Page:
Confidence in the Max aircraft will be restored before confidence in Boeing
As the world tries to determine when the Boeing Max aircraft will return to service, a more pressing question is when will confidence in Boeing be restored? Once a company known for proudly blazing a trail of unprecedented safety, Boeing has been plagued by reports of rushed production and lowered safety standards for years.
Imagine buying a new car from your favorite car company, snagging a vehicle known for its safety. Several months after your purchase, reports surface of multiple car accidents with fatalities, where the car’s complex steering system ripped the control away from drivers and thereby contributed to the accidents. As it turns out, the exact same feature exists on your car, without your knowledge. Even after scouring the operator’s manual, there is no mention of this complex steering system.
That is exactly how pilots of the Boeing 737 Max felt after learning of the Lion Air crash in October 2018. It was not until then that pilots learned of the sophisticated MCAS (Maneuvering Characteristics Augmentation System) system on their plane. This anti-stall system can aggressively take the flight controls away from pilots anytime the computer detects a stall. Adding to the issue was that this complex MCAS system was now relying on only one angle-of-attack sensor, instead of the dual redundant design from previous 737 models. This means that if there is a problem with the sole sensor, a single point of failure could feed faulty data to the MCAS system and could lead to a crash.
When American Airlines pilots, those flying the Max aircraft, pressed Boeing engineers into explaining how such a complex system could be placed onto their aircraft without their knowledge, the response was Boeing did not want to “overwhelm the crew with unnecessary information.”
It is hard to imagine the frustration felt by the Lion Air captain of flight 610 as he frantically flipped through the onboard flight ops manual looking for information that would allow him to regain control of his stricken aircraft. I suspect he would not have considered information on the MCAS system “unnecessary.” Sadly, he ran out of time, and 189 passengers and one rescue diver lost their lives as a result.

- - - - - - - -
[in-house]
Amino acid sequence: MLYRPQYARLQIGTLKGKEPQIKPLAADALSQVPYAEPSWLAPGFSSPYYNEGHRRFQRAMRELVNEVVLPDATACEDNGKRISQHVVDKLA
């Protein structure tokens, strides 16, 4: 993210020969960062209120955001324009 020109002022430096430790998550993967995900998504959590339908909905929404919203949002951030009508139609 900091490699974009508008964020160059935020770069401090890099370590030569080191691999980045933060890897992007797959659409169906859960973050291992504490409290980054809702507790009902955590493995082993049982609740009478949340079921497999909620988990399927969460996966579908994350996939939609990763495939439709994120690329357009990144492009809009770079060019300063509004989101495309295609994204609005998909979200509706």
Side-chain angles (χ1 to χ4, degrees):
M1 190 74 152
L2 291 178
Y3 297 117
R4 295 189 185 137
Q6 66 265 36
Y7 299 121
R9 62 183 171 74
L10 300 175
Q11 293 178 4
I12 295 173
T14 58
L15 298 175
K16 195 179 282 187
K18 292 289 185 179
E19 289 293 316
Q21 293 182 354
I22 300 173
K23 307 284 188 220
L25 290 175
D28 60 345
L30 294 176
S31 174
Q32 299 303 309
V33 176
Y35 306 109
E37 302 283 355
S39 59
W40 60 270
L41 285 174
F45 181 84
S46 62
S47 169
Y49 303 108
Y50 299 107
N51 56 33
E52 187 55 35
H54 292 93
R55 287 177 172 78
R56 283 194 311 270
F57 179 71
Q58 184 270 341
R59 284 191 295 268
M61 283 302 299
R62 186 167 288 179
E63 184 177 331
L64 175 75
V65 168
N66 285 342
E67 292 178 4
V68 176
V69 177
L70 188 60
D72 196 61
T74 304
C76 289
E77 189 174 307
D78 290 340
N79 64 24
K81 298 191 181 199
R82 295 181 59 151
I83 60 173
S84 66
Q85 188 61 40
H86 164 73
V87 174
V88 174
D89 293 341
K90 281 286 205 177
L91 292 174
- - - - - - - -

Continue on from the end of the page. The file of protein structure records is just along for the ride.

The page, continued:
After the crash of the second Max aircraft in March 2019, another 157 lives were lost, and the similarities between the two crashes made it clear something was wrong with the Max aircraft. Instead of ordering the airplane grounded, Boeing again remained silent.
As airlines around the world ordered the plane out of service, the Federal Aviation Administration refused to do so, and Boeing remained silent. Many were looking for the three U.S. airlines who used the Max aircraft (American, Southwest and United) to ground the airplane, and they also chose not to do so. It was not until President Trump stepped in that the Max aircraft was ordered out of the skies, making the United States the last country on the planet to do so.
Later we would learn that the problems with the Max aircraft were discovered years before and Boeing failed to inform the FAA. Boeing test pilots, managers and others within the company reportedly expressed concerns over the (perceived) rush to get the airplane into and through production, but those concerns were not heeded.
At the time of the Max aircraft crashes, many aviation analysts took exception to my calls for the aircraft to be grounded. Their position was that Boeing was a company we could trust and there was nothing wrong with the Max aircraft. As it turns out, they were wrong on both counts.
I submit that confidence in the Max aircraft will be restored long before our confidence in Boeing. Once the aircraft is cleared to fly, Boeing should clean house and remove every person who knowingly allowed the plane to be rushed through production. Those who chose to ignore the recommendations of their employees over problems with the Max aircraft should be immediately dismissed as well. From the CEO to the lowest manager, there should be a cleaning house movement as never before, because the very future of the safety within the commercial aviation world depends upon it.
On multiple occasions it has been clear that a decision to do nothing was the recommended course of action, as Boeing tried to maintain pace with rival Airbus. Short cuts appear to have been taken and multiple items were not brought to the attention of the FAA inspectors or airline officials who were responsible for purchasing the aircraft. Once the Max aircraft is flying, Boeing needs to demonstrate, as never before, its commitment to safety by holding those responsible accountable. Failure to do so will only reinforce the position that past mistakes will occur again, possibly placing even more lives at risk.
Jay Ratliff spent over 20 years in management with Northwest/Republic Airlines, including as aviation general manager. He is an IHeart aviation analyst.